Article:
Digital Marketing • 17th May, 16
Sure, sometimes all the complaining we like to do about the less-than-cheap nature of doing business in the modern world is called for; after all, there is a helluva lot of competition out there, and the exchange rate really isn’t getting any better.
But sometimes, we’ve got to make more of an effort to remember that there’s a lot of things that have gotten cheaper – and as with more or less any advancement in modern business, it’s thanks to the internet.
If there’s anywhere that this is particularly obvious, it’s in digital marketing. Think about it, now: a simple Facebook page – as in, any page, even if it only gets a handful of likes – gets a new business the sort of international notice that a new business, forty or fifty years ago, would have killed for; and all for free. Sure, there’s a ton of competition, and we live in a day and age when customer loyalty is hella hard to pin down; but still, when it comes to getting noticed, even the most humble new business is dealt a pretty fair hand. Just got to know how to play it.
Still, it goes without saying: you’ve got to spend money. Affordable doesn’t mean free. Affordable, in this case, means plausible for an up-and-coming business, if they do it properly.
So, to help kick you newcomers to the turbulent world of getting yourself known online, here’s a few pointers as to how to spend your digital marketing budget that’ll ensure you get noticed – but not noticed in a “remember that company that spent all that money on YouTube promos and then went bankrupt before they could launch?” sort of way.
- A Nose for the Freebies
Like we mentioned, the internet’s made a helluva lot of things affordable. It’s also made quite a few things free. Sure, sure, there’s usually catches – “Pay To Win” doesn’t just affect the gamers – but still, they’re usually worth taking advantage of.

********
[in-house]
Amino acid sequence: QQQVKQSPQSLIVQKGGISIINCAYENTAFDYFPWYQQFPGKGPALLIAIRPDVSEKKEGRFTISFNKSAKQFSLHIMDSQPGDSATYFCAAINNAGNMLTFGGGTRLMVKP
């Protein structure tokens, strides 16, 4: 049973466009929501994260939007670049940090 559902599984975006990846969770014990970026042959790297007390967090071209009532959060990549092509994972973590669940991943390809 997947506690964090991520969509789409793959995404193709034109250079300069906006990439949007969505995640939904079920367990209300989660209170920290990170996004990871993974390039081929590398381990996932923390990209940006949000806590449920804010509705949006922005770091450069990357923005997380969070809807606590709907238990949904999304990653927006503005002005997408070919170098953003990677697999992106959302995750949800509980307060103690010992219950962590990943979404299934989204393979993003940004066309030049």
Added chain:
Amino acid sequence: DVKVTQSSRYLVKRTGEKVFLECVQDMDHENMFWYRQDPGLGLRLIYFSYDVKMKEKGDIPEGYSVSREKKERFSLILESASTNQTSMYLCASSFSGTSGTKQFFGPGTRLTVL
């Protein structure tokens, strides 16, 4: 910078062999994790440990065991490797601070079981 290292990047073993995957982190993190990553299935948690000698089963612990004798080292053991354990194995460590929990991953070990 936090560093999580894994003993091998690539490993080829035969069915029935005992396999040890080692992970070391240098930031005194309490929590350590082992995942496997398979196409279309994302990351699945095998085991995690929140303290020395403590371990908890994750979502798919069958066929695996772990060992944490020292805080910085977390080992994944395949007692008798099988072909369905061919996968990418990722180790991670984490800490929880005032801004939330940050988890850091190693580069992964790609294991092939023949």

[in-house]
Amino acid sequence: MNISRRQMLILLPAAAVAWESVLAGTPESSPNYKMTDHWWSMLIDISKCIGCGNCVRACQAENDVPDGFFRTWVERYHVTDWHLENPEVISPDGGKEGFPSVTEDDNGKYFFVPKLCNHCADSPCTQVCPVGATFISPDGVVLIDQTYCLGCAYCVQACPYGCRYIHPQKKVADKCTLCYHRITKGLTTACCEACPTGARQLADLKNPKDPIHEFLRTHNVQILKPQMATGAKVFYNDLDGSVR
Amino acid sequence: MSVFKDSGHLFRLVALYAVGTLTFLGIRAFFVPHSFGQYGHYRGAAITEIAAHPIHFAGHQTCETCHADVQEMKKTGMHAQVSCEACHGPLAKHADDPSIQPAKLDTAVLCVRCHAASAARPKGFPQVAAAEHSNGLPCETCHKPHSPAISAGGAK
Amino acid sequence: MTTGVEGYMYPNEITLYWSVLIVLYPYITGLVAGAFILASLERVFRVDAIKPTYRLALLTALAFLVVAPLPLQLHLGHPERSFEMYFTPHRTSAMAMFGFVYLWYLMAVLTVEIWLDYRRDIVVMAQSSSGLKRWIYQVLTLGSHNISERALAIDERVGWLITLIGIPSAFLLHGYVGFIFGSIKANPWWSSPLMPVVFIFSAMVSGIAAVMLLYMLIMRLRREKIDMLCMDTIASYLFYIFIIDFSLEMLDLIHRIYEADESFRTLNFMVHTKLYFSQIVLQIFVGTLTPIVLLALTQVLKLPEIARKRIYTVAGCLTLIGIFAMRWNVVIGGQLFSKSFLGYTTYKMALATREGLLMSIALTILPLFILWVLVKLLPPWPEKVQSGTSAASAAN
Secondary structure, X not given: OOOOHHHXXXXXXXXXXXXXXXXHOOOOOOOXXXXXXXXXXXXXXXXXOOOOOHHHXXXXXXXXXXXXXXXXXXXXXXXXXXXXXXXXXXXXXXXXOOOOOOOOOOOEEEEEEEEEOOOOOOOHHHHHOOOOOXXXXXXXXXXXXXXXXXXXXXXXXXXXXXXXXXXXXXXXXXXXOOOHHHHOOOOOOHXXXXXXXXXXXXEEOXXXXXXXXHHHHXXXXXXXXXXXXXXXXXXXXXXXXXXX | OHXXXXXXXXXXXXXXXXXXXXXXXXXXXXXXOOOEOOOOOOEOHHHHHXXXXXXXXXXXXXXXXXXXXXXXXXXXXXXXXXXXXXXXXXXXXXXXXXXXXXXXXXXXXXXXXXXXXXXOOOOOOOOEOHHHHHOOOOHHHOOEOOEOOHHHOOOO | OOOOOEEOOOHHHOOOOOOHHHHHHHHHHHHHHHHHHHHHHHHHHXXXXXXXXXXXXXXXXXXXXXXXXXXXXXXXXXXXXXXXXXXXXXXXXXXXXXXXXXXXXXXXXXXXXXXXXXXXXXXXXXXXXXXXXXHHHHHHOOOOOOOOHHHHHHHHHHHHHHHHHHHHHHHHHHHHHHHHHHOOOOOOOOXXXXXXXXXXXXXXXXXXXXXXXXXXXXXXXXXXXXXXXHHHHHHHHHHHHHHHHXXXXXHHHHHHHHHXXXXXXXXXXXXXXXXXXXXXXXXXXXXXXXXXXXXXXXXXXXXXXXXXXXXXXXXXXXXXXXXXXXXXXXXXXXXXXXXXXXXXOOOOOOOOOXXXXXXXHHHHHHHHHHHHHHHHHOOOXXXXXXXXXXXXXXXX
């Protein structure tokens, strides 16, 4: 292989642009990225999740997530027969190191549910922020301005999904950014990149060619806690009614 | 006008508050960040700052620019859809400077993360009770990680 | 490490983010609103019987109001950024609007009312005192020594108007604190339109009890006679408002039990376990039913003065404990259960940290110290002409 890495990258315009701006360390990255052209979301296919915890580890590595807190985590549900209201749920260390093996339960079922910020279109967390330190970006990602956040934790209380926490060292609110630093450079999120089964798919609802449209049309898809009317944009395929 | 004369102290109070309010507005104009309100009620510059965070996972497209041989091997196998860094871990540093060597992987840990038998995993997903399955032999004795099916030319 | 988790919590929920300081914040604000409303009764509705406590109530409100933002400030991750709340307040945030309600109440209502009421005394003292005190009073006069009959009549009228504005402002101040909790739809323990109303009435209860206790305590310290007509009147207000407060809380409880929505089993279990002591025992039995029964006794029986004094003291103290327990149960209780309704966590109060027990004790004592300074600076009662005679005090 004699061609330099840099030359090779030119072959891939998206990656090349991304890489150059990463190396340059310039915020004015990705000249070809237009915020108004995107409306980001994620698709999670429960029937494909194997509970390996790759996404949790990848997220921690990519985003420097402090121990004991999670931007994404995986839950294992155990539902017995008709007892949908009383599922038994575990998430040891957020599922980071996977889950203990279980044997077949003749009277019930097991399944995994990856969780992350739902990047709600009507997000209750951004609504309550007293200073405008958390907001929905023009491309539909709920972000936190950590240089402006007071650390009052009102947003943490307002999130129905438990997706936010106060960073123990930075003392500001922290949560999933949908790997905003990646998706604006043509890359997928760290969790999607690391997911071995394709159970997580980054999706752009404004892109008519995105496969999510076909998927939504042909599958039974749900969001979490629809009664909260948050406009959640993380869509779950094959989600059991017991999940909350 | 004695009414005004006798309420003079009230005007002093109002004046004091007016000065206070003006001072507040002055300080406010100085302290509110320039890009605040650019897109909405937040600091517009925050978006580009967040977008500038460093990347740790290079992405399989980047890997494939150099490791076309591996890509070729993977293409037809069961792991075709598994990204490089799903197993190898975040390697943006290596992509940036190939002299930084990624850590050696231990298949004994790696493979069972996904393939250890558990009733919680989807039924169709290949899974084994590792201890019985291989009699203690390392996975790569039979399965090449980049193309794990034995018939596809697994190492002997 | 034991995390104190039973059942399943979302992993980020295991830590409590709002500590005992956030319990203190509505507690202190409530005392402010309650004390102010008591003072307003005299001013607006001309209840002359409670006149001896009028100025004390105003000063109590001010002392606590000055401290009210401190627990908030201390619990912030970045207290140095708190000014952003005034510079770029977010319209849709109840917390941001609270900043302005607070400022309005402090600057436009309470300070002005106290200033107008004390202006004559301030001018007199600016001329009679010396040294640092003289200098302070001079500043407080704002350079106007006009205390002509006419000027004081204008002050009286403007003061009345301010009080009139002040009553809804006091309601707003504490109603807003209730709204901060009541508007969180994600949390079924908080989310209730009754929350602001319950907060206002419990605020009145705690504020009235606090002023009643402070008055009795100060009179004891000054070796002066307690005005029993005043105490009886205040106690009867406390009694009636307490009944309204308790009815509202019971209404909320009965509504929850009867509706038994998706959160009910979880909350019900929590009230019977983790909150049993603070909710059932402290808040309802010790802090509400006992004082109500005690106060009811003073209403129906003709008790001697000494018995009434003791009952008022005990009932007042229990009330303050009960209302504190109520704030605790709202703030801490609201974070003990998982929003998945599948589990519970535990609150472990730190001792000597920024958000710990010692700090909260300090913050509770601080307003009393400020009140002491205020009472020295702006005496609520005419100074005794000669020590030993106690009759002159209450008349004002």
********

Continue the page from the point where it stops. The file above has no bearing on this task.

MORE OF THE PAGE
And if you’ve got the time, you don’t have to relegate yourself to the obvious ones – Facebook, Twitter et al. Make use of all the social media you have the time for – including the ones you didn’t think you’d need. Feel like your business is a non-visual one? Doesn’t matter; if you have time to run an Instagram account, get one. You’ll find something to put on there. Think Google+ is probably just Facebook without the trendiness? Doesn’t matter; if you’ve got time, run a Google+ account alongside your Facebook one. You can’t put a price on extra publicity.
And it’s hardly limited to basic social media, either. There’s a whole host of services out there that’ll help you ensure that you can optimise your online presence as thoroughly as possible. Keyword planners help you pin down the best keywords around which to build the search engine optimisation of your business’s online presence; analytical services like SEO Site Checkup and Sitetrail run checks on a site’s SEO issues and the general strength of their online marketing strategy; tools like Plagiarism Checker and KeywordDensity help a site retain credibility and a professional image by avoiding duplicate content and excessive keyword usage; and for the most part, they’re all free. Sure, maybe you’ll have to augment them at some point, and it’s not quite the same thing as a human touch; but, particularly in those rough early days of your business’s emergence, the opportunities these handy little tools will offer you to iron out the creases in your new business’s online presence might just be what keeps it going long enough to hire that “human touch”.
- Scaling Steady Wins the Race